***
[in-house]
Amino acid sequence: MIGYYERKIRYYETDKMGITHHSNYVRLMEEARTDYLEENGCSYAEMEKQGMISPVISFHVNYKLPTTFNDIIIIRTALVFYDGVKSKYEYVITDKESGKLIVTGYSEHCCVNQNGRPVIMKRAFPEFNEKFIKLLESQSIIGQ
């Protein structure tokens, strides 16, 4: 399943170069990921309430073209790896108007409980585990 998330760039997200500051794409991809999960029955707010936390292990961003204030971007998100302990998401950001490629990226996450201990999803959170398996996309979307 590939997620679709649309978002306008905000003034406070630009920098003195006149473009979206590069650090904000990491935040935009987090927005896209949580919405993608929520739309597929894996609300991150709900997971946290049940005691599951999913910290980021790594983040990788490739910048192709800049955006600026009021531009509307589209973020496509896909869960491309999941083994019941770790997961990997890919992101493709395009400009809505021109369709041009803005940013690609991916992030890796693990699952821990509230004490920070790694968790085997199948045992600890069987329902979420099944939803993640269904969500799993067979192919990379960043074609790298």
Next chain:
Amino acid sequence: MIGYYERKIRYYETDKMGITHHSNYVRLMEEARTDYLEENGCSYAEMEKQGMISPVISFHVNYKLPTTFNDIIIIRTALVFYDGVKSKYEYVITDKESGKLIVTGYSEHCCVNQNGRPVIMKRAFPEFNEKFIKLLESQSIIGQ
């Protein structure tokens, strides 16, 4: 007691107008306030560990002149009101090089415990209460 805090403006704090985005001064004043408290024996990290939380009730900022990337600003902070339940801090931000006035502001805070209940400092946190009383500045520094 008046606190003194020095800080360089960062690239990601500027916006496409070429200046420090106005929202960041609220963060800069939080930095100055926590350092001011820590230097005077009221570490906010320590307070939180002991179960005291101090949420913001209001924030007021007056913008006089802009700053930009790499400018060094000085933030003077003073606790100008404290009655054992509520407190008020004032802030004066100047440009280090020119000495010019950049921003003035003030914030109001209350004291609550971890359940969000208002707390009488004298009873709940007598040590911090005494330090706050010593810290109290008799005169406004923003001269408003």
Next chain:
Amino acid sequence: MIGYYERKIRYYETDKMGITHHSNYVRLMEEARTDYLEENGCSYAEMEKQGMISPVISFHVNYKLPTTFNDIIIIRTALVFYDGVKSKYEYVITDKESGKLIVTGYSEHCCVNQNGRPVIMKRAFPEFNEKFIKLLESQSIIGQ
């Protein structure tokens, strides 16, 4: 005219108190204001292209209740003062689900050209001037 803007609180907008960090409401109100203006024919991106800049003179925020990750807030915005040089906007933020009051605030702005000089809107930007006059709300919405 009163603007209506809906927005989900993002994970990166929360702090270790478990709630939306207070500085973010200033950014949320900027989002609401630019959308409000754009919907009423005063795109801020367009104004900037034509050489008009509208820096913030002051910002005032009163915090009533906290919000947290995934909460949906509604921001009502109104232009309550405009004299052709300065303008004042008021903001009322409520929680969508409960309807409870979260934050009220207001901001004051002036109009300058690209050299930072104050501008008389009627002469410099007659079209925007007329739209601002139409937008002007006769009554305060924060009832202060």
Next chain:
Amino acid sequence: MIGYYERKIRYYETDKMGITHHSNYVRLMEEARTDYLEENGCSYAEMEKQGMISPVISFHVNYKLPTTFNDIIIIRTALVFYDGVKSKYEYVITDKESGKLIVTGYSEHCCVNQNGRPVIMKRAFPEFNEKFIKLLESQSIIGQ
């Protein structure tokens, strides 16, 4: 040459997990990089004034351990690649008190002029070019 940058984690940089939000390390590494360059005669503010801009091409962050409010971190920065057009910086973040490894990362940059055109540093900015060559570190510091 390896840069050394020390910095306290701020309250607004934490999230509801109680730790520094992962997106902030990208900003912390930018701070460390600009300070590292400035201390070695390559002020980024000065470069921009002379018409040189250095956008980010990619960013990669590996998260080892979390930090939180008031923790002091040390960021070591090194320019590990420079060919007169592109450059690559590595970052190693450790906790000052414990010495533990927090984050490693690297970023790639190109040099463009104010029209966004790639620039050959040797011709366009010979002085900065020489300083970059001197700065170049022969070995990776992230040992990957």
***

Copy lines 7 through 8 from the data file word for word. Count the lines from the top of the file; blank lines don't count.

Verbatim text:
Next chain:
Amino acid sequence: MIGYYERKIRYYETDKMGITHHSNYVRLMEEARTDYLEENGCSYAEMEKQGMISPVISFHVNYKLPTTFNDIIIIRTALVFYDGVKSKYEYVITDKESGKLIVTGYSEHCCVNQNGRPVIMKRAFPEFNEKFIKLLESQSIIGQ